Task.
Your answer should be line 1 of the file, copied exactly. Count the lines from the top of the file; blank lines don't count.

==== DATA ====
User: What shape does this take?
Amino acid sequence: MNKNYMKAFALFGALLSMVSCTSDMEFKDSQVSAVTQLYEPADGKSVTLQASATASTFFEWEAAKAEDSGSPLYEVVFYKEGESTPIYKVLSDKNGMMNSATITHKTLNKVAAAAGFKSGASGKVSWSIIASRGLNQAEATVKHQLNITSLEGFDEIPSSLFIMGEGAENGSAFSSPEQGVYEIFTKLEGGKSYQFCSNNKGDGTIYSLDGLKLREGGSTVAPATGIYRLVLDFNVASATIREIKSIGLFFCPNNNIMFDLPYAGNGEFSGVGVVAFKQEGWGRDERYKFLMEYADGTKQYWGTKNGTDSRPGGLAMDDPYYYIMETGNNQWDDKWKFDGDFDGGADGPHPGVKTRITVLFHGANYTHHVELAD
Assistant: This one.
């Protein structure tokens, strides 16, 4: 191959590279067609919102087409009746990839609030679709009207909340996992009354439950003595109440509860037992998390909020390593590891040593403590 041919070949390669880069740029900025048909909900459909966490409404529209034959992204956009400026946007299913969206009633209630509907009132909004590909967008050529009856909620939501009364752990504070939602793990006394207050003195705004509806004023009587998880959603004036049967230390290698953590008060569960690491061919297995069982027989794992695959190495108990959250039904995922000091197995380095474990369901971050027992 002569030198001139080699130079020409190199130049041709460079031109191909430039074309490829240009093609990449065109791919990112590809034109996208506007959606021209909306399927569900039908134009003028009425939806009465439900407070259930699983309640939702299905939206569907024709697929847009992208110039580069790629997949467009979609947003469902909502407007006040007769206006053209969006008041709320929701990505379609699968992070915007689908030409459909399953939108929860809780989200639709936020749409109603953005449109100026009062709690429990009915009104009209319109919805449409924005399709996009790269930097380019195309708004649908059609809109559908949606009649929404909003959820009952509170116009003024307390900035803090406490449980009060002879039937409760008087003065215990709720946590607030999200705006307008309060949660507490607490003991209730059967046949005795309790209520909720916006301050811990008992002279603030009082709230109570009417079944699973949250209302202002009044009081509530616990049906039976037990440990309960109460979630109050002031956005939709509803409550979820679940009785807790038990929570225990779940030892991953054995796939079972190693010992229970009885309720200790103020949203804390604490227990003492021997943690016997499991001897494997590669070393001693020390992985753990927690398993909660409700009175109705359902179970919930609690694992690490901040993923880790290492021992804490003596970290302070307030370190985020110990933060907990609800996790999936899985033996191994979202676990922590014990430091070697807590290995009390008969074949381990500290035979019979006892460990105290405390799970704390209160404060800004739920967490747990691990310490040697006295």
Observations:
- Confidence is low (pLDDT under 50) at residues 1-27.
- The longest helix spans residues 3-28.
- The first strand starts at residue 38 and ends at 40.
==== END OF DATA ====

User: What shape does this take?